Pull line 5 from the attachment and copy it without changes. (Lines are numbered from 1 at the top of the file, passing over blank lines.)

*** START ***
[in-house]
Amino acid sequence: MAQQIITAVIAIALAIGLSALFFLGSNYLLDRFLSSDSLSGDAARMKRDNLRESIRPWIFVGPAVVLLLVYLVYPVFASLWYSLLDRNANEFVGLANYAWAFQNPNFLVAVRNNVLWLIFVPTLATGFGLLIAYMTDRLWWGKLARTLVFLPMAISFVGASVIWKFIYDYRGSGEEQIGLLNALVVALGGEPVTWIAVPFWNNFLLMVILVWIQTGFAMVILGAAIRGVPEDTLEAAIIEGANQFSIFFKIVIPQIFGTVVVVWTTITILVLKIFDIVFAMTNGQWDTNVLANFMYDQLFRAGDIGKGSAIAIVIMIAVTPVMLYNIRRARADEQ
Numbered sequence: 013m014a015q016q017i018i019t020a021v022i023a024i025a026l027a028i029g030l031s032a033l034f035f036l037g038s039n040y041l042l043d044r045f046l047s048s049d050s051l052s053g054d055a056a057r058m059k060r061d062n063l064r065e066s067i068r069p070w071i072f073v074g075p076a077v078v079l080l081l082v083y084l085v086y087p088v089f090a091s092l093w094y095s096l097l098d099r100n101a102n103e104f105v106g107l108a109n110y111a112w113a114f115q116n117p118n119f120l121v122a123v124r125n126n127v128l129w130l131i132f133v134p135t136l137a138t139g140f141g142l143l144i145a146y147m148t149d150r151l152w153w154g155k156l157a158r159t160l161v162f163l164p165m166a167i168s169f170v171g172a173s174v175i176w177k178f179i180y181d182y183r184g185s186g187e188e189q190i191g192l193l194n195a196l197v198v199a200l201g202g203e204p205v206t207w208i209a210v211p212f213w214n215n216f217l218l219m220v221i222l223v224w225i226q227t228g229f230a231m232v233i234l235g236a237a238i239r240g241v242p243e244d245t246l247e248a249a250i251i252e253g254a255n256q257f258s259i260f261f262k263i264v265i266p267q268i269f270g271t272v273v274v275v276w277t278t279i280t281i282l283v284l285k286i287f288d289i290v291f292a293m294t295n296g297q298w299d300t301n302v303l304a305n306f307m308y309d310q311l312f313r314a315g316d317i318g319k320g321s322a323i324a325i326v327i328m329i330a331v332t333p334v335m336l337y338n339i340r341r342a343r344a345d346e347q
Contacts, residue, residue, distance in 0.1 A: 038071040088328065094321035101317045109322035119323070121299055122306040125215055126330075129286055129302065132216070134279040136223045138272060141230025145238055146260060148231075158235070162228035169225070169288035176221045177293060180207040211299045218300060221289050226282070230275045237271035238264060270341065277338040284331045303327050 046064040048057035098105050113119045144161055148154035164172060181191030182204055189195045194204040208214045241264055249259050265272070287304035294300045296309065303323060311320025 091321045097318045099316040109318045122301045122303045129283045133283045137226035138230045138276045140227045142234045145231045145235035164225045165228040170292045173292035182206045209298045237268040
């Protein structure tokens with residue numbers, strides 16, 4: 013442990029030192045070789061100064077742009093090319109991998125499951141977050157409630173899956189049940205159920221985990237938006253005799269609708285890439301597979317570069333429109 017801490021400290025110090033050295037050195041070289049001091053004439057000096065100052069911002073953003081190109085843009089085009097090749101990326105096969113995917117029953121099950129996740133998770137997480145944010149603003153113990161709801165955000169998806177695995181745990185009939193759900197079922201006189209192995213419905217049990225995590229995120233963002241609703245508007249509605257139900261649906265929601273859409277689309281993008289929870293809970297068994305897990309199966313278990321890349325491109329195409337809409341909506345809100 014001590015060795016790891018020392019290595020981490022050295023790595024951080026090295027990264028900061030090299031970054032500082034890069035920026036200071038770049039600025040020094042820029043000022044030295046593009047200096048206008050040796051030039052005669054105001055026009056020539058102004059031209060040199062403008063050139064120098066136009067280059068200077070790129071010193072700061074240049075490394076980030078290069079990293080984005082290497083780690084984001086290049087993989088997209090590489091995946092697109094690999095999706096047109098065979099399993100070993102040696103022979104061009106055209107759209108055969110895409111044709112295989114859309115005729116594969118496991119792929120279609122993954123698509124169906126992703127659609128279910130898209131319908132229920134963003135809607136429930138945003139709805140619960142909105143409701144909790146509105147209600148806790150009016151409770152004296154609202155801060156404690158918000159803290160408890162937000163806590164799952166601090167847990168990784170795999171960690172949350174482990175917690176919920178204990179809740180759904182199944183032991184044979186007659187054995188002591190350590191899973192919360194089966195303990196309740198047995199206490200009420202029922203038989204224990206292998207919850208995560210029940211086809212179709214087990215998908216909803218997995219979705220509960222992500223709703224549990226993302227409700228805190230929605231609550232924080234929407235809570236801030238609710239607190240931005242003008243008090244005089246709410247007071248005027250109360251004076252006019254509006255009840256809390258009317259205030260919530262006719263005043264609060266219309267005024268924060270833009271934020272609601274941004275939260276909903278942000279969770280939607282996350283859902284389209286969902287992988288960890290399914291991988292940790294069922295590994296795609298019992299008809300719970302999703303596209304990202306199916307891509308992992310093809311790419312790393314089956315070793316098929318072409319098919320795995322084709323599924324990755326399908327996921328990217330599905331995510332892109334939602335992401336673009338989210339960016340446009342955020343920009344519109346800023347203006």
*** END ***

């Protein structure tokens with residue numbers, strides 16, 4: 013442990029030192045070789061100064077742009093090319109991998125499951141977050157409630173899956189049940205159920221985990237938006253005799269609708285890439301597979317570069333429109 017801490021400290025110090033050295037050195041070289049001091053004439057000096065100052069911002073953003081190109085843009089085009097090749101990326105096969113995917117029953121099950129996740133998770137997480145944010149603003153113990161709801165955000169998806177695995181745990185009939193759900197079922201006189209192995213419905217049990225995590229995120233963002241609703245508007249509605257139900261649906265929601273859409277689309281993008289929870293809970297068994305897990309199966313278990321890349325491109329195409337809409341909506345809100 014001590015060795016790891018020392019290595020981490022050295023790595024951080026090295027990264028900061030090299031970054032500082034890069035920026036200071038770049039600025040020094042820029043000022044030295046593009047200096048206008050040796051030039052005669054105001055026009056020539058102004059031209060040199062403008063050139064120098066136009067280059068200077070790129071010193072700061074240049075490394076980030078290069079990293080984005082290497083780690084984001086290049087993989088997209090590489091995946092697109094690999095999706096047109098065979099399993100070993102040696103022979104061009106055209107759209108055969110895409111044709112295989114859309115005729116594969118496991119792929120279609122993954123698509124169906126992703127659609128279910130898209131319908132229920134963003135809607136429930138945003139709805140619960142909105143409701144909790146509105147209600148806790150009016151409770152004296154609202155801060156404690158918000159803290160408890162937000163806590164799952166601090167847990168990784170795999171960690172949350174482990175917690176919920178204990179809740180759904182199944183032991184044979186007659187054995188002591190350590191899973192919360194089966195303990196309740198047995199206490200009420202029922203038989204224990206292998207919850208995560210029940211086809212179709214087990215998908216909803218997995219979705220509960222992500223709703224549990226993302227409700228805190230929605231609550232924080234929407235809570236801030238609710239607190240931005242003008243008090244005089246709410247007071248005027250109360251004076252006019254509006255009840256809390258009317259205030260919530262006719263005043264609060266219309267005024268924060270833009271934020272609601274941004275939260276909903278942000279969770280939607282996350283859902284389209286969902287992988288960890290399914291991988292940790294069922295590994296795609298019992299008809300719970302999703303596209304990202306199916307891509308992992310093809311790419312790393314089956315070793316098929318072409319098919320795995322084709323599924324990755326399908327996921328990217330599905331995510332892109334939602335992401336673009338989210339960016340446009342955020343920009344519109346800023347203006």